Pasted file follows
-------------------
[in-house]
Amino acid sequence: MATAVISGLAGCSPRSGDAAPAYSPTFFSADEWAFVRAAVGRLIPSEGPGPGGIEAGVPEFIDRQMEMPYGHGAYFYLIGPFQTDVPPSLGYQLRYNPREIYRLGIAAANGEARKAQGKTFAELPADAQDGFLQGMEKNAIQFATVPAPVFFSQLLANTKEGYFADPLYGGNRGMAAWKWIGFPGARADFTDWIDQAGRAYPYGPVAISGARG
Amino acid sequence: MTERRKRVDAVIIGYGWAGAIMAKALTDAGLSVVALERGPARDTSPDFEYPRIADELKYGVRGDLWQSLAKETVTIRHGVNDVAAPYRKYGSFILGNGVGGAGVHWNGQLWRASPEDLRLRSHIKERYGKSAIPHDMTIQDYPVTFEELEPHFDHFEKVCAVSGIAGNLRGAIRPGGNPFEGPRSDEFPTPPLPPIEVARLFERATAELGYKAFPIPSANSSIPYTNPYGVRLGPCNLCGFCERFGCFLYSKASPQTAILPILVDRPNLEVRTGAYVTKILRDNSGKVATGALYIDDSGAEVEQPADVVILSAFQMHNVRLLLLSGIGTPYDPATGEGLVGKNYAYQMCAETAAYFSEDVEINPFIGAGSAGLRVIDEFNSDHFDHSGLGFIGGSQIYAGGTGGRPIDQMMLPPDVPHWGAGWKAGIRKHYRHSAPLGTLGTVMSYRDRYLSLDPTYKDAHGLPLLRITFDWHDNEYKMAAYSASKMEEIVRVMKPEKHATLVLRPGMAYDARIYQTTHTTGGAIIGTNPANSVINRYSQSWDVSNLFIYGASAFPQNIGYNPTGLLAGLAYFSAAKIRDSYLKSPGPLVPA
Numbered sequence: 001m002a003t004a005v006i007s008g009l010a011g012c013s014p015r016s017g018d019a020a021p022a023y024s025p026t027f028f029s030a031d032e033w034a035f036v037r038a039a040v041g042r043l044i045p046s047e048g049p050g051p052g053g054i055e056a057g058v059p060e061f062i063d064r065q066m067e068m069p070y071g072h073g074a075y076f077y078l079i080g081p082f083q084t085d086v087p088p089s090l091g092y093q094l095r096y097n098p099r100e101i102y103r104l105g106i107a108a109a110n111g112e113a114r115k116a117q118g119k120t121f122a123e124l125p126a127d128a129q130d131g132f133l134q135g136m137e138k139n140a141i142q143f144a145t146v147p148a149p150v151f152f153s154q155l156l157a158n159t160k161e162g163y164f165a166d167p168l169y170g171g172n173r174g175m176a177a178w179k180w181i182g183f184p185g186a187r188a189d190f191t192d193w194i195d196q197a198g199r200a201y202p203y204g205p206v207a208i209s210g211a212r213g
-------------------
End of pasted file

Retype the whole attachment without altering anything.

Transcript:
[in-house]
Amino acid sequence: MATAVISGLAGCSPRSGDAAPAYSPTFFSADEWAFVRAAVGRLIPSEGPGPGGIEAGVPEFIDRQMEMPYGHGAYFYLIGPFQTDVPPSLGYQLRYNPREIYRLGIAAANGEARKAQGKTFAELPADAQDGFLQGMEKNAIQFATVPAPVFFSQLLANTKEGYFADPLYGGNRGMAAWKWIGFPGARADFTDWIDQAGRAYPYGPVAISGARG
Amino acid sequence: MTERRKRVDAVIIGYGWAGAIMAKALTDAGLSVVALERGPARDTSPDFEYPRIADELKYGVRGDLWQSLAKETVTIRHGVNDVAAPYRKYGSFILGNGVGGAGVHWNGQLWRASPEDLRLRSHIKERYGKSAIPHDMTIQDYPVTFEELEPHFDHFEKVCAVSGIAGNLRGAIRPGGNPFEGPRSDEFPTPPLPPIEVARLFERATAELGYKAFPIPSANSSIPYTNPYGVRLGPCNLCGFCERFGCFLYSKASPQTAILPILVDRPNLEVRTGAYVTKILRDNSGKVATGALYIDDSGAEVEQPADVVILSAFQMHNVRLLLLSGIGTPYDPATGEGLVGKNYAYQMCAETAAYFSEDVEINPFIGAGSAGLRVIDEFNSDHFDHSGLGFIGGSQIYAGGTGGRPIDQMMLPPDVPHWGAGWKAGIRKHYRHSAPLGTLGTVMSYRDRYLSLDPTYKDAHGLPLLRITFDWHDNEYKMAAYSASKMEEIVRVMKPEKHATLVLRPGMAYDARIYQTTHTTGGAIIGTNPANSVINRYSQSWDVSNLFIYGASAFPQNIGYNPTGLLAGLAYFSAAKIRDSYLKSPGPLVPA
Numbered sequence: 001m002a003t004a005v006i007s008g009l010a011g012c013s014p015r016s017g018d019a020a021p022a023y024s025p026t027f028f029s030a031d032e033w034a035f036v037r038a039a040v041g042r043l044i045p046s047e048g049p050g051p052g053g054i055e056a057g058v059p060e061f062i063d064r065q066m067e068m069p070y071g072h073g074a075y076f077y078l079i080g081p082f083q084t085d086v087p088p089s090l091g092y093q094l095r096y097n098p099r100e101i102y103r104l105g106i107a108a109a110n111g112e113a114r115k116a117q118g119k120t121f122a123e124l125p126a127d128a129q130d131g132f133l134q135g136m137e138k139n140a141i142q143f144a145t146v147p148a149p150v151f152f153s154q155l156l157a158n159t160k161e162g163y164f165a166d167p168l169y170g171g172n173r174g175m176a177a178w179k180w181i182g183f184p185g186a187r188a189d190f191t192d193w194i195d196q197a198g199r200a201y202p203y204g205p206v207a208i209s210g211a212r213g